A sequence of investigations into An Garda Síochána, from Morris through Smithwick to most recently O’Higgins and their disturbing findings together with revelations by whistle-blowers, paint a picture of a police force in need of fundamental reform. The Garda Inspectorate reports have very authoritatively confirmed this fact. Most recently, the new Independent Policing Authority issued a trenchant critique of the management culture of An Garda Síochána and has made it clear that it wants to see results. Meanwhile, front-line gardaí have to do an increasingly difficult and dangerous job, particularly in urban areas, without adequate human and technical resources and, in the case of younger members of the force in particular, being underpaid for such a crucially important job. It is claimed, not surprisingly, that morale, already low, is further depressed by these reports. The government has promised to increase garda numbers, establish special units to tackle organised crime and to invest in equipment and technology. However, these initiatives will not resolve the deep-seated cultural malaise, cited in every report, that seems to span an endless catalogue of unacceptable practices, poor policing performance and incidents of corruption within the force, thereby undermining public confidence in and respect for An Garda Síochána
Robert Olson, Garda Inspectorate Chief Inspector
Jim O’Callaghan TD, Fianna Fáil spokesperson on Justice
Conor Brady, Sunday Times columnist, former editor Irish Times, former member GSOQ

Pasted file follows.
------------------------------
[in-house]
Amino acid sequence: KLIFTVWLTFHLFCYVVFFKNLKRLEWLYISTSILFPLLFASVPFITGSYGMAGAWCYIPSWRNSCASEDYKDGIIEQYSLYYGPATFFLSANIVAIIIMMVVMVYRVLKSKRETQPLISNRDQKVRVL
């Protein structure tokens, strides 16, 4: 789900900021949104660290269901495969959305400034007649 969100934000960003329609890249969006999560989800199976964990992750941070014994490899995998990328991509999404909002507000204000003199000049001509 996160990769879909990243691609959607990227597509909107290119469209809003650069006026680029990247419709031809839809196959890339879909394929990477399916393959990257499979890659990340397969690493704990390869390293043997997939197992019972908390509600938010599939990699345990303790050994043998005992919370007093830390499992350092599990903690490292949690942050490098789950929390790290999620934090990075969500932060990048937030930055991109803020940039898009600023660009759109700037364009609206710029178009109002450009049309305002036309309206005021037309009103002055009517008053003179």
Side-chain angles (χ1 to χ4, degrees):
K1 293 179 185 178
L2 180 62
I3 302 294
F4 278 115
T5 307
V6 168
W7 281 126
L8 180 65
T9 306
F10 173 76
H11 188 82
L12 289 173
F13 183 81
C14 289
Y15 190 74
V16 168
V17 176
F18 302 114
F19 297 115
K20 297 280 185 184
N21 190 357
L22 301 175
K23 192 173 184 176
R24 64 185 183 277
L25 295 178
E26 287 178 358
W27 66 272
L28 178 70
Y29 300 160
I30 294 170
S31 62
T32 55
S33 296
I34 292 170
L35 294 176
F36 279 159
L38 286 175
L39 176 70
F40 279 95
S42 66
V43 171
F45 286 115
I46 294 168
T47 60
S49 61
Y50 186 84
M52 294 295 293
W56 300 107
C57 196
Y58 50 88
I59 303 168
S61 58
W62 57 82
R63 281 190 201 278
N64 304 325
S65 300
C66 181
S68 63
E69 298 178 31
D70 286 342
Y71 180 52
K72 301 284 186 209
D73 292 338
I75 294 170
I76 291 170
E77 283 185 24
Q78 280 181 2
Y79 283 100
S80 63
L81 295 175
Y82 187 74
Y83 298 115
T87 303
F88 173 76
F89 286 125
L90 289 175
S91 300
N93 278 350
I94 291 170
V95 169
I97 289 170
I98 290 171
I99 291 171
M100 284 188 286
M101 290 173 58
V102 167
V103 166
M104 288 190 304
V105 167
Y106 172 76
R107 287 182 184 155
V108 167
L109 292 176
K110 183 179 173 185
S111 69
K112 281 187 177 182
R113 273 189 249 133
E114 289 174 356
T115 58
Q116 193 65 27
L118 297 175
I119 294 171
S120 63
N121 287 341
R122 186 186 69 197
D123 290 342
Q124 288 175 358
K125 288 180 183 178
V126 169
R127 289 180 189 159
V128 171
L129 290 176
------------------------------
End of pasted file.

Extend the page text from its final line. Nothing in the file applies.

Josephine Feehily, Chairperson, Policing Authority
Moderator: Dr Eddie Molloy, Management Consultant
THE TERRIBLE BEAUTY OF 1916: WHAT IS IT TO BECOME?
While the poet W.B. Yeats expressed admiration for the leaders of the 1916 Rising, he was fearful about the ultimate outcome: would the destruction of the old order lead to a bright new dawn or regression to a worse state than before with anarchy, instability and possibly disaster? As the bitter, divisive Civil War that followed showed, he had good reason to be concerned, but eventually the State survived and over the century has become a modern, vibrant democracy with a creative and educated young population. However, while we can take great pride in our achievements as a nation, there have been many failures in governance, with disastrous economic boom and bust cycles and a legacy of avoidable social problems like homelessness, child poverty or inequity in access to health services, infrastructural deficits like our broken water system and communities struggling to cope with lack of opportunity, a drugs plague and criminality. In this context, the outcome of the recent General Election presents a new ‘moment of truth’ for Irish society that has echoes of 1916. Does the resultant fragmented political landscape augur well for the much-promised ‘new way of doing politics’ that will deliver sustainable economic progress and a fair society? Or are we facing into a long period of emasculated, hesitant, ineffective government and instability, and a politics more blighted by short-termism, opportunism, populism and amoral localism than even anything we have experienced to date? What now is needed to restore faith and trust in our political system and to make of this country, with its relatively small population, the best run little country in the world? What is needed to create a just and caring society with equal opportunities for all which appeared to be a priority of the men and women of 1916?
Cllr Gary Gannon, Cllr for North Inner City, Social Democrat candidate for Dublin Central in 2016 election
Norah Casey, Publisher and broadcaster, CEO Harmonia
Alice Maher, Contemporary artist
Brendan Howlin TD, Leader of the Labour Party
Moderator: Conor Brady, Sunday Times columnist, former editor Irish Times
We are extremely grateful to the following benefactors without whose help the presentation of this MacGill programme would simply not be possible.
DUBLIN CHAMBER OF COMMERCE
THE ARTS COUNCIL
DONEGAL COUNTY COUNCIL
RAIDIÓ TEILIFÍS ÉIREANN
EU COMMISSION OFFICE IN DUBLIN
as well as
DONEGAL LOCAL DEVELOPMENT COMPANY
BANK OF IRELAND